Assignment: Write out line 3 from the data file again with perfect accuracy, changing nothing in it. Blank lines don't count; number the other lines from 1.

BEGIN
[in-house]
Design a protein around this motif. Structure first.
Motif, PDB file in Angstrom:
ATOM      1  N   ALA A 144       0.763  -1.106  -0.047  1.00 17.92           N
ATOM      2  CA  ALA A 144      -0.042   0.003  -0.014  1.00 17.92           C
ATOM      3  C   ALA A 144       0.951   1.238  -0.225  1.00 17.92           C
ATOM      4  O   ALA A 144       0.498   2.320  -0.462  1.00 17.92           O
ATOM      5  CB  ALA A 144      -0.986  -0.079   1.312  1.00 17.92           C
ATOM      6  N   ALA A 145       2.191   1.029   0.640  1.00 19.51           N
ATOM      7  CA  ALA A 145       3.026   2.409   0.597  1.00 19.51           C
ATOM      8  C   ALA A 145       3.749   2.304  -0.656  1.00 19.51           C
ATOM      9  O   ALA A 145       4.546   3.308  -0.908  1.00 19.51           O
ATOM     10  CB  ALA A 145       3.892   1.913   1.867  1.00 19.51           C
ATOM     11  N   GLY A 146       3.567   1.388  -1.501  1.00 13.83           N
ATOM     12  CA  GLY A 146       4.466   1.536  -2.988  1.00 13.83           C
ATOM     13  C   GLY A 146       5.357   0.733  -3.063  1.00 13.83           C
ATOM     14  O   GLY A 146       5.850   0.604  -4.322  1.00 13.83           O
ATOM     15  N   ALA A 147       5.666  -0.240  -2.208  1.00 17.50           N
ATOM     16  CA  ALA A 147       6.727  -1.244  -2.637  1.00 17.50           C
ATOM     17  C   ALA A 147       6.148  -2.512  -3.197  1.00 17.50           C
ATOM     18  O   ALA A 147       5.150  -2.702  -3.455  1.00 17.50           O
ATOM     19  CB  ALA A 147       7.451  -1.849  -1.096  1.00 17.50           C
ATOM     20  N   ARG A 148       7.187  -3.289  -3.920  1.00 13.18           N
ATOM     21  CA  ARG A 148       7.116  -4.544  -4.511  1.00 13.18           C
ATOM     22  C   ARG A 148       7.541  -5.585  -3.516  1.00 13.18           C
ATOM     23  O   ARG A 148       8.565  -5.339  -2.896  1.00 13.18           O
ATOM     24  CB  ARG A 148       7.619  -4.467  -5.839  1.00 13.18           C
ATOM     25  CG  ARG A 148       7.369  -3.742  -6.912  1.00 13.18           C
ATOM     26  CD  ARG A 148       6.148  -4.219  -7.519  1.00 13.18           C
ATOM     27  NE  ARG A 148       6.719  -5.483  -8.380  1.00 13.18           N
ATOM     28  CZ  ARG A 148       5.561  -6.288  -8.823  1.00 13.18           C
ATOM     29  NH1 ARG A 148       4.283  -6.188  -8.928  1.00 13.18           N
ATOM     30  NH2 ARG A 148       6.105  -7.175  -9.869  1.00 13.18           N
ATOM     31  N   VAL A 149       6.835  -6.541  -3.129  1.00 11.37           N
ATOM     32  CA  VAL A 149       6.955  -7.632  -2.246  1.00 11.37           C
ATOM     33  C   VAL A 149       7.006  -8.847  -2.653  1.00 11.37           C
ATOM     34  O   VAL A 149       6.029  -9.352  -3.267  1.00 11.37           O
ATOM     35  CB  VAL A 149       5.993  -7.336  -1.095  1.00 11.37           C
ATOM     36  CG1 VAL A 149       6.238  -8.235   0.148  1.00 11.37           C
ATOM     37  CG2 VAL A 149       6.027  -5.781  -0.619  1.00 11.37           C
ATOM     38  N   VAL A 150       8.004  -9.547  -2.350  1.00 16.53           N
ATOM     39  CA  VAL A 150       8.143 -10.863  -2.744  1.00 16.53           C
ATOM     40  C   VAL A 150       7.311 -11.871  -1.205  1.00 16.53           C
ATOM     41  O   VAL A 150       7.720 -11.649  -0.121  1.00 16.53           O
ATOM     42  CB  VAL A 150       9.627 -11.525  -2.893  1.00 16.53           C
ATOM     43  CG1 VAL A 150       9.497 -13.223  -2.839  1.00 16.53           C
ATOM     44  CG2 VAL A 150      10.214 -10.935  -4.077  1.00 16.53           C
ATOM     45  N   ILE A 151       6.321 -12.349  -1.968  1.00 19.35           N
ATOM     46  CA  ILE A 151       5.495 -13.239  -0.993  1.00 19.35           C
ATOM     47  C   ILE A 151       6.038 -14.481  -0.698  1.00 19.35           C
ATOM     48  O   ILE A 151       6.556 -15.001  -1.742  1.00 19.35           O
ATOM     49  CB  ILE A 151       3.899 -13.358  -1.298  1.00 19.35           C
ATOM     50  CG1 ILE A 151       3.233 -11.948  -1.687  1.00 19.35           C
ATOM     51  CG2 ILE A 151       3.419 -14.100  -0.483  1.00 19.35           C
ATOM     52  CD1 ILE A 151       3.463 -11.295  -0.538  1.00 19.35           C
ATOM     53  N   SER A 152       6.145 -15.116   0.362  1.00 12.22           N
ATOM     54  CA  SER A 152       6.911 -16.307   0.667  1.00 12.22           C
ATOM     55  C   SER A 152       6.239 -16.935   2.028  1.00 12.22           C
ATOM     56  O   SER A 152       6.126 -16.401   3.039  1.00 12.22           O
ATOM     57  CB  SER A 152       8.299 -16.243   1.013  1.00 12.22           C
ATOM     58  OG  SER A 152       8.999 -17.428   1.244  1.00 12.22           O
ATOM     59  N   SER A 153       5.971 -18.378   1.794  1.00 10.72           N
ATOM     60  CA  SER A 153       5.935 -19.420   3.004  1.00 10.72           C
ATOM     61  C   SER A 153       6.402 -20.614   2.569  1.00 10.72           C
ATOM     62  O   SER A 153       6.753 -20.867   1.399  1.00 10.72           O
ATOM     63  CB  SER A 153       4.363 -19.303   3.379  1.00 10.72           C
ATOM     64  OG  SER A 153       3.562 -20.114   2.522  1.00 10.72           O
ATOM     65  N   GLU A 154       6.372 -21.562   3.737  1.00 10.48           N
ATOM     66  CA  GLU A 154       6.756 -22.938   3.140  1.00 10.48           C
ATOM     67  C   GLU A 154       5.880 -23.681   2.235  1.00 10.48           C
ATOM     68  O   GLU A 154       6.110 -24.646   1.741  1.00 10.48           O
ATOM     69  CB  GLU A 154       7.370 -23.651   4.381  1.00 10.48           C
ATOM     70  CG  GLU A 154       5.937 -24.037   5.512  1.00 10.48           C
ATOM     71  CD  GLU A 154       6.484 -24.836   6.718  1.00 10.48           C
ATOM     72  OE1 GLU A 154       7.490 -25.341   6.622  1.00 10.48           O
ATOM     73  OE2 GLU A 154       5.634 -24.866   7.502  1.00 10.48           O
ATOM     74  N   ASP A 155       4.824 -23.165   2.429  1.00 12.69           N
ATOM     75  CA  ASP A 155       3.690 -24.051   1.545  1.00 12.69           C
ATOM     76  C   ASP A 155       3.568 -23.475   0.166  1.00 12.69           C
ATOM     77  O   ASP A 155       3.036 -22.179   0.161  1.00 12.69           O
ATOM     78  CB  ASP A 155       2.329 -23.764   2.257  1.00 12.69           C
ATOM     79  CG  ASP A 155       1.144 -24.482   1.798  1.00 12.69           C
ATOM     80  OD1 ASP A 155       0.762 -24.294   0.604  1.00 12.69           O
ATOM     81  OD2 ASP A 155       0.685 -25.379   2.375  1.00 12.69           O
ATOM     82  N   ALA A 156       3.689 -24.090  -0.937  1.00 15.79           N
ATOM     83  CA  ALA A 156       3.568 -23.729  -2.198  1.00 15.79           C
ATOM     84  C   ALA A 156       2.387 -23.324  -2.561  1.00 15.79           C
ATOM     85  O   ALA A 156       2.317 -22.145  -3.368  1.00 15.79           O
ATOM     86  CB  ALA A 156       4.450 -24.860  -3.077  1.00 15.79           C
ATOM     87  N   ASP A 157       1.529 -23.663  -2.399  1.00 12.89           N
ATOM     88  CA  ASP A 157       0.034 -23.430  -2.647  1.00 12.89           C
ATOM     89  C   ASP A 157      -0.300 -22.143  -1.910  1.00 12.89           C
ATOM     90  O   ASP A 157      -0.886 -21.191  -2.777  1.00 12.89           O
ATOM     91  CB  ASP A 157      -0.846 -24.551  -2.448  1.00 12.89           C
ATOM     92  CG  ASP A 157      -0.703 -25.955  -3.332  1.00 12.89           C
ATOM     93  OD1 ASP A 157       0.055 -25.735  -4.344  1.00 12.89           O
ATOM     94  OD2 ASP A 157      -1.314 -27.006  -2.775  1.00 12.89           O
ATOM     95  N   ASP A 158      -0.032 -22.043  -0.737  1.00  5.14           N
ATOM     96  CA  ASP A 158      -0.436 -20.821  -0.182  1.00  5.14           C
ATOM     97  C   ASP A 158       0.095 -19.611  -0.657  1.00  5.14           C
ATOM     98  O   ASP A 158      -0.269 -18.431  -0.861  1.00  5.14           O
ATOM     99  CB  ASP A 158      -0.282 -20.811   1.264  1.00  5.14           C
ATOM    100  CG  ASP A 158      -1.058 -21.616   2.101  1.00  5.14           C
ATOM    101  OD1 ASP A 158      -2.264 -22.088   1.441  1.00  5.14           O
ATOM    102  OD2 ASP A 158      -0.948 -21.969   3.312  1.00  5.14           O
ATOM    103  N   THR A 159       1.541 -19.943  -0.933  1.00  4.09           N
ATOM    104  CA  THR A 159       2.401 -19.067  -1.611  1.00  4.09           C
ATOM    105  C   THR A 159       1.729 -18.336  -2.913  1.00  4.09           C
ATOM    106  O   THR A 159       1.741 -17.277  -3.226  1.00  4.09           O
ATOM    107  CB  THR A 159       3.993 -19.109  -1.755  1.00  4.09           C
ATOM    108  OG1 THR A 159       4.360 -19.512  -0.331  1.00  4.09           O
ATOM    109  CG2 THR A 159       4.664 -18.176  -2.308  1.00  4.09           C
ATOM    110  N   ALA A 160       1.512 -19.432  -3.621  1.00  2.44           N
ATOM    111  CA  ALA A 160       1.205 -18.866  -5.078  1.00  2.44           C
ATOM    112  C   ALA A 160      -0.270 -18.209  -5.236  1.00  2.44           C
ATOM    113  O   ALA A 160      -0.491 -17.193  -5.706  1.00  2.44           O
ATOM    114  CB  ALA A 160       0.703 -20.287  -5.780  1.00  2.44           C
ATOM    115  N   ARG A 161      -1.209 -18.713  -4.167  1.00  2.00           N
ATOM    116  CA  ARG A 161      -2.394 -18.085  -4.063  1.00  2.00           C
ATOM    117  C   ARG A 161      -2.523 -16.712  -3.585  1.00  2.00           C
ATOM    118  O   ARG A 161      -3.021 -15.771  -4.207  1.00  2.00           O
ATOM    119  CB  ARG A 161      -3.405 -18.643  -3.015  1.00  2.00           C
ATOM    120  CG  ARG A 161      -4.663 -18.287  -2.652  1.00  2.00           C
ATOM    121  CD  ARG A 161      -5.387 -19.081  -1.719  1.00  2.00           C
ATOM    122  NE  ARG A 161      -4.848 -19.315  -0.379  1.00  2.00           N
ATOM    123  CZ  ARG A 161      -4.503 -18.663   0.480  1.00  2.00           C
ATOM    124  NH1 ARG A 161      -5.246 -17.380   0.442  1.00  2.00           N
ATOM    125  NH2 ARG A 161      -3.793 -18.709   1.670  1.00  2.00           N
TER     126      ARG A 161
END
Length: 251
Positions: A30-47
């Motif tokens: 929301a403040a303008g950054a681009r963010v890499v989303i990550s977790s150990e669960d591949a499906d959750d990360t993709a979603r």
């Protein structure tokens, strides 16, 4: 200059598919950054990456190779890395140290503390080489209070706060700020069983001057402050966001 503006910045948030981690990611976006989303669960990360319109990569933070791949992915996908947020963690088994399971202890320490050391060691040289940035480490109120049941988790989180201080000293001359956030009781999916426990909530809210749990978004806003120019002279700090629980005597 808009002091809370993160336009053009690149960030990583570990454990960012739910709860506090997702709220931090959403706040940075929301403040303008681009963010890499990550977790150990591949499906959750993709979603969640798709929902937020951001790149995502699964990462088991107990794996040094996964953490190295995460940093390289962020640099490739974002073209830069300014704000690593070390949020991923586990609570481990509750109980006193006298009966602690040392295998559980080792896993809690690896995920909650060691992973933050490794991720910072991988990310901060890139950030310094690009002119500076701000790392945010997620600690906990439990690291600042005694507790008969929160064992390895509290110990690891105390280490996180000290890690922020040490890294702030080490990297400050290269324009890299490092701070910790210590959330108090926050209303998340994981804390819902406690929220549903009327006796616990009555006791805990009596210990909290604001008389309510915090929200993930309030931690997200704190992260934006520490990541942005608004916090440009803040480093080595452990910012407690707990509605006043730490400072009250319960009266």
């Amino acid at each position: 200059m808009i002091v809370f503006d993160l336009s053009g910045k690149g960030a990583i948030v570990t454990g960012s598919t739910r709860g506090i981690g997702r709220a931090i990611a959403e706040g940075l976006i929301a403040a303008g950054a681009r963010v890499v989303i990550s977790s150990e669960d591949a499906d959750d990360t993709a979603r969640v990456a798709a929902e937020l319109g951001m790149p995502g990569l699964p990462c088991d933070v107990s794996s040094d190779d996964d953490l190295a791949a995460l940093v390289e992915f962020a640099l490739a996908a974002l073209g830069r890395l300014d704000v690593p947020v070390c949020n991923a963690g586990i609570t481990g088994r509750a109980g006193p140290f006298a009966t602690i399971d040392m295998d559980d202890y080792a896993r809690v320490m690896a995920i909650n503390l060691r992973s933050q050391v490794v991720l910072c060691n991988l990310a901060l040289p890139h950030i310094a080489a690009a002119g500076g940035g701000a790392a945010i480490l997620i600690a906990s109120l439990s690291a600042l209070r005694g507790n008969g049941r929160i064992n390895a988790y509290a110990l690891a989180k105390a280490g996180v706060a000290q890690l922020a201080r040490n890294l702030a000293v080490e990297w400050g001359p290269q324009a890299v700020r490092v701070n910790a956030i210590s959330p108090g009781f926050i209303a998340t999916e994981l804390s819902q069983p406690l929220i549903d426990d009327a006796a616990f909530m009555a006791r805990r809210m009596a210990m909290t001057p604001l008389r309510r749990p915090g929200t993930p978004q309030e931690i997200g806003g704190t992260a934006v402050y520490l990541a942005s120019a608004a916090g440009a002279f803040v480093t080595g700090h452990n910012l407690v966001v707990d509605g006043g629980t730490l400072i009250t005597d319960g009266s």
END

Motif, PDB file in Angstrom: